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J Biol Chem. 2014 Apr 4;289(14):9584-99. doi: 10.1074/jbc.M113.526517. Epub 2014 Feb 11.

Toll-like receptor 4-mediated endoplasmic reticulum stress in intestinal crypts induces necrotizing enterocolitis.

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From the Divisions of Pediatric Surgery.


The cellular cues that regulate the apoptosis of intestinal stem cells (ISCs) remain incompletely understood, yet may play a role in diseases characterized by ISC loss including necrotizing enterocolitis (NEC). Toll-like receptor-4 (TLR4) was recently found to be expressed on ISCs, where its activation leads to ISC apoptosis through mechanisms that remain incompletely explained. We now hypothesize that TLR4 induces endoplasmic reticulum (ER) stress within ISCs, leading to their apoptosis in NEC pathogenesis, and that high ER stress within the premature intestine predisposes to NEC development. Using transgenic mice and cultured enteroids, we now demonstrate that TLR4 induces ER stress within Lgr5 (leucine-rich repeat-containing G-protein-coupled receptor 5)-positive ISCs, resulting in crypt apoptosis. TLR4 signaling within crypts was required, because crypt ER stress and apoptosis occurred in TLR4(ΔIEC-OVER) mice expressing TLR4 only within intestinal crypts and epithelium, but not TLR4(ΔIEC) mice lacking intestinal TLR4. TLR4-mediated ER stress and apoptosis of ISCs required PERK (protein kinase-related PKR-like ER kinase), CHOP (C/EBP homologous protein), and MyD88 (myeloid differentiation primary response gene 88), but not ATF6 (activating transcription factor 6) or XBP1 (X-box-binding protein 1). Human and mouse NEC showed high crypt ER stress and apoptosis, whereas genetic inhibition of PERK or CHOP attenuated ER stress, crypt apoptosis, and NEC severity. Strikingly, using intragastric delivery into fetal mouse intestine, prevention of ER stress reduced TLR4-mediated ISC apoptosis and mucosal disruption. These findings identify a novel link between TLR4-induced ER stress and ISC apoptosis in NEC pathogenesis and suggest that increased ER stress within the premature bowel predisposes to NEC development.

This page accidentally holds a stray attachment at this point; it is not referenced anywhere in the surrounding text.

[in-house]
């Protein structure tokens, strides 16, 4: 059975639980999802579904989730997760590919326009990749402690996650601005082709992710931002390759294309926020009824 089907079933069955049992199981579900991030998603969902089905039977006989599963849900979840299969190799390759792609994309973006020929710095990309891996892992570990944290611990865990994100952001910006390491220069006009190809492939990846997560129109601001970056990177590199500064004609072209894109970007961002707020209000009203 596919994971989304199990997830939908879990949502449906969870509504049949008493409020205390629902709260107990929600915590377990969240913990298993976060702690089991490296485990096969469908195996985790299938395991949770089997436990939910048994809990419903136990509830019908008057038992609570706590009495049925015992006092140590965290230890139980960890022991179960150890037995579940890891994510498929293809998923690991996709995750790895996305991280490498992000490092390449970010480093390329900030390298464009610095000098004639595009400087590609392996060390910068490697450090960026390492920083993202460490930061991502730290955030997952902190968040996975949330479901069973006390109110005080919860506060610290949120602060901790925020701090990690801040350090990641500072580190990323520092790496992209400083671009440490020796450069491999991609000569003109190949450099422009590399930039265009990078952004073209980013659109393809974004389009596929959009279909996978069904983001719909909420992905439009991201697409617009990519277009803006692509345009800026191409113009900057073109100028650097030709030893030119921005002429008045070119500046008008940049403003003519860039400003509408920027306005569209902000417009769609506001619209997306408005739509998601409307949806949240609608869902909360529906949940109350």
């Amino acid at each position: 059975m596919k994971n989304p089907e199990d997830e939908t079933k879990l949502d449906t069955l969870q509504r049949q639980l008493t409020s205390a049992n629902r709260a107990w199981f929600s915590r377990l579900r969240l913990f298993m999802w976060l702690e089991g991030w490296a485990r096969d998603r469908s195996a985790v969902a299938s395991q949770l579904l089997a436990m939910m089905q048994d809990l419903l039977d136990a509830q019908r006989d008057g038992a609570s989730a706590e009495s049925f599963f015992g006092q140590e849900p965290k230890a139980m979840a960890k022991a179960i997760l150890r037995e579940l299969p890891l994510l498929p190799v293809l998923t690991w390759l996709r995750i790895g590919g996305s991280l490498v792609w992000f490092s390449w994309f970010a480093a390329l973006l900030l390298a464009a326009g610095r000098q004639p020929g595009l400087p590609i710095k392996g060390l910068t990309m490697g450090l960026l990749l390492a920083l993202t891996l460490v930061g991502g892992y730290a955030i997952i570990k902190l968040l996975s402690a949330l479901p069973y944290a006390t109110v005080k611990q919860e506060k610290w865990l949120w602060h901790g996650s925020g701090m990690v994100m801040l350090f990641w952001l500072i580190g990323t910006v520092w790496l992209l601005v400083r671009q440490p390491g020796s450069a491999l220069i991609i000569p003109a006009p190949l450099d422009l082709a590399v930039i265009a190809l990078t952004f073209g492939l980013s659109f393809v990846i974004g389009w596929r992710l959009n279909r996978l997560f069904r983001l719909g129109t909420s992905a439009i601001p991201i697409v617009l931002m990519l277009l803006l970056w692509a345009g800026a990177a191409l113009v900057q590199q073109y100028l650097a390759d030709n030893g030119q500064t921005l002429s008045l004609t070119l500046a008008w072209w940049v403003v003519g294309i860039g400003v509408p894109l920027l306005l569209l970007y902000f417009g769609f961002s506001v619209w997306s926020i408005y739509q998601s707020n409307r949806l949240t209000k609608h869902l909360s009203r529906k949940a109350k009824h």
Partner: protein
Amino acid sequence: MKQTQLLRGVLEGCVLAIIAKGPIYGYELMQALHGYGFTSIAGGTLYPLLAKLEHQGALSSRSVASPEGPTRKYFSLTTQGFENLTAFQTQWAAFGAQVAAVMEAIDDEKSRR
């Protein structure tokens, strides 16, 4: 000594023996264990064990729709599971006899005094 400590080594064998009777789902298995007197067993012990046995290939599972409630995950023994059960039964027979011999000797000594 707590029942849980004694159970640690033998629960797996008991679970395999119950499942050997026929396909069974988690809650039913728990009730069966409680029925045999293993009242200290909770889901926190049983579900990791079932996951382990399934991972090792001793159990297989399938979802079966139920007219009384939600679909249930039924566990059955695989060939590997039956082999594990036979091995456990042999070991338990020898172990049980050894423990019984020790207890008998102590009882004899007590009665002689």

Inflammation; Innate Immunity; Necrotizing Enterocolitis; Sepsis; Toll-like Receptors (TLR)

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